On Wall Street, big paychecks do not replace corporate culture

June 14, 2012

Goldman Sachs can’t seem to stay out of the wrong spotlight these days. With reports about executive layoffs and high numbers of senior people leaving, Goldman is losing its once-untouchable luster as analysts scrutinize its performance through a new lens.

The oceanic rift between average Wall Street salaries and those of everybody else has been measured by both public and private facilities. The New York State Comptroller’s office released a report last October showing that while total profits at Wall Street’s major brokerage houses declined during the first half of 2011, employee compensation, which accounts for about 60 percent of expenses for the firms, increased by 18.7 percent compared with the same period the year before.

The report showed the average salary in the securities industry was $361,330 in 2010. The national average wage that year was $45,230, according to the Bureau of Labor Statistics. A big difference was that while many suffered unemployment and pay freezes during the recessionary years, finance firms rewarded employees with raises. According to a survey by eFinancialCareers.com that polled 2,860 financial professionals, 54 percent were offered higher salaries in 2011.

All this points to executives on Wall Street, who have been conditioned to dangle a carrot on a stick, believing they can motivate employees with more money, more incentives and skills training to achieve great results. These elements cannot be ignored, but neither are they sufficient in and of themselves to lead these massive institutions. Managers who lead with bottom-line accountability alone are leading wrong.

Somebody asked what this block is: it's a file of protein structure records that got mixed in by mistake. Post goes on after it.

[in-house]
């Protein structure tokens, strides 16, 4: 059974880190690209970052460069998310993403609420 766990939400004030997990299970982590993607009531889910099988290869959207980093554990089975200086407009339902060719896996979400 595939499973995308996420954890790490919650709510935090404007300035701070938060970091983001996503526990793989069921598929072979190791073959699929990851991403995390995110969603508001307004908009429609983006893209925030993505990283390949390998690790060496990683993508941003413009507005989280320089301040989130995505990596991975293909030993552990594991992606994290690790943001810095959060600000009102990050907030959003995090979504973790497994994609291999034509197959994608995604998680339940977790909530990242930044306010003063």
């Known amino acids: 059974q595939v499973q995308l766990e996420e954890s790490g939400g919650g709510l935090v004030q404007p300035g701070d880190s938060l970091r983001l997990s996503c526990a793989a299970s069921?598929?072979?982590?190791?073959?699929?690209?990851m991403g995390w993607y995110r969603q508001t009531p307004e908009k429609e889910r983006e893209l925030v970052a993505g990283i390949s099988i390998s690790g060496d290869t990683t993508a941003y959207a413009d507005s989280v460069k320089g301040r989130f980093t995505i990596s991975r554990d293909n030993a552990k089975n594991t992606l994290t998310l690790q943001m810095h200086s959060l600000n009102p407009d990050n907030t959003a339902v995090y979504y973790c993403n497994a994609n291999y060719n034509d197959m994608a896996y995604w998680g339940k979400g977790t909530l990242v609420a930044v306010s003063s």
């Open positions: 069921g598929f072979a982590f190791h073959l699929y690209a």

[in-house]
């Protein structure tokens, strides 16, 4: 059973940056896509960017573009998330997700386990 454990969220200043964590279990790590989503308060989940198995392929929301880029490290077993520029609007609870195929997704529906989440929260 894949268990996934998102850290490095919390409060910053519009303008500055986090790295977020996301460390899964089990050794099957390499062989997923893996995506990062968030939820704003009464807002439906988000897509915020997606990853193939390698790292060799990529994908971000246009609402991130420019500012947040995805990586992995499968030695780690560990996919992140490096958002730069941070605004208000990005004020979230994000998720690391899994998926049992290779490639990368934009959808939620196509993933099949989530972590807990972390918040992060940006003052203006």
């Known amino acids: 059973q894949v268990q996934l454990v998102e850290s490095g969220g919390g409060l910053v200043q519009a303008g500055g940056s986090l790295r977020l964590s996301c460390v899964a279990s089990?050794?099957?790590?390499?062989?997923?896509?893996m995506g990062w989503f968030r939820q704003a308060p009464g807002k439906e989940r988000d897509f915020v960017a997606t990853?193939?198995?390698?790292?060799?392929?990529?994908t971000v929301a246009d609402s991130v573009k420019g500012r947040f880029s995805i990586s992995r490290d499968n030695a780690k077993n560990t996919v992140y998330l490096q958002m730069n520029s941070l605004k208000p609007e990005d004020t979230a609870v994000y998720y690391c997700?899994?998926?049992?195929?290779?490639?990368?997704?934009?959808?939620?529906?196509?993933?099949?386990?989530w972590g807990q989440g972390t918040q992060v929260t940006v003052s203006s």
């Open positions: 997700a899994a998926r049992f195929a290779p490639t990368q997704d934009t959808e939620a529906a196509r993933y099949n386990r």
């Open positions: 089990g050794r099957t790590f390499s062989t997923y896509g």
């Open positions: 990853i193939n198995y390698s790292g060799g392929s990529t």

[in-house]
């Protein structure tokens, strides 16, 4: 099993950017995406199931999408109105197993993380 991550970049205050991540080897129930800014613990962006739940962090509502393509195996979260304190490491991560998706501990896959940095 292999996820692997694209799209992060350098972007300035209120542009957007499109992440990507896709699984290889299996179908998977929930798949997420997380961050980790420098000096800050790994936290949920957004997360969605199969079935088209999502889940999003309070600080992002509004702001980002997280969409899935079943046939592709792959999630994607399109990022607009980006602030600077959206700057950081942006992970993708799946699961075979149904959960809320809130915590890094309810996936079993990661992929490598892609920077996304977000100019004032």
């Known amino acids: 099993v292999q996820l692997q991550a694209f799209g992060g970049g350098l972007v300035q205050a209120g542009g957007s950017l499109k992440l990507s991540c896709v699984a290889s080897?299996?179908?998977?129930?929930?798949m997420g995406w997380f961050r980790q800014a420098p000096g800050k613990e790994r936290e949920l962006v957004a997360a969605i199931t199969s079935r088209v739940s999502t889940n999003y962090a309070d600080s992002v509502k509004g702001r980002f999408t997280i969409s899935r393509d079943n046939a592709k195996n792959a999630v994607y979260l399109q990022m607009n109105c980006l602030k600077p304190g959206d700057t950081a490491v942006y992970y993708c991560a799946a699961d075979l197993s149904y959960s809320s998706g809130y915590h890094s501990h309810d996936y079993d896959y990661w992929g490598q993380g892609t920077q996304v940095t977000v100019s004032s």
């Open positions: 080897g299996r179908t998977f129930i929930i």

A view of accountability that concentrates just on the end results should not be the only focus of leadership. In some cases, focusing only on results can have an adverse effect. To truly have an impact on employee performance, leaders need look no further than their company culture.

Greg Smith, who staged a highly public resignation from Goldman Sachs in March with a letter in the New York Times opinion section, said that employees like him need more than fat paychecks – they need leaders who provide meaning and purpose to their work.

It isn’t just at Goldman. In a recent survey conducted by Insigniam, close to half of the 250 executives from large-cap companies who were polled said their biggest frustrations are employee complacency, cynicism and cultural issues.

In fact, performance isn’t about money, or about hiring or training the most skilled workers. It’s not even about accountability.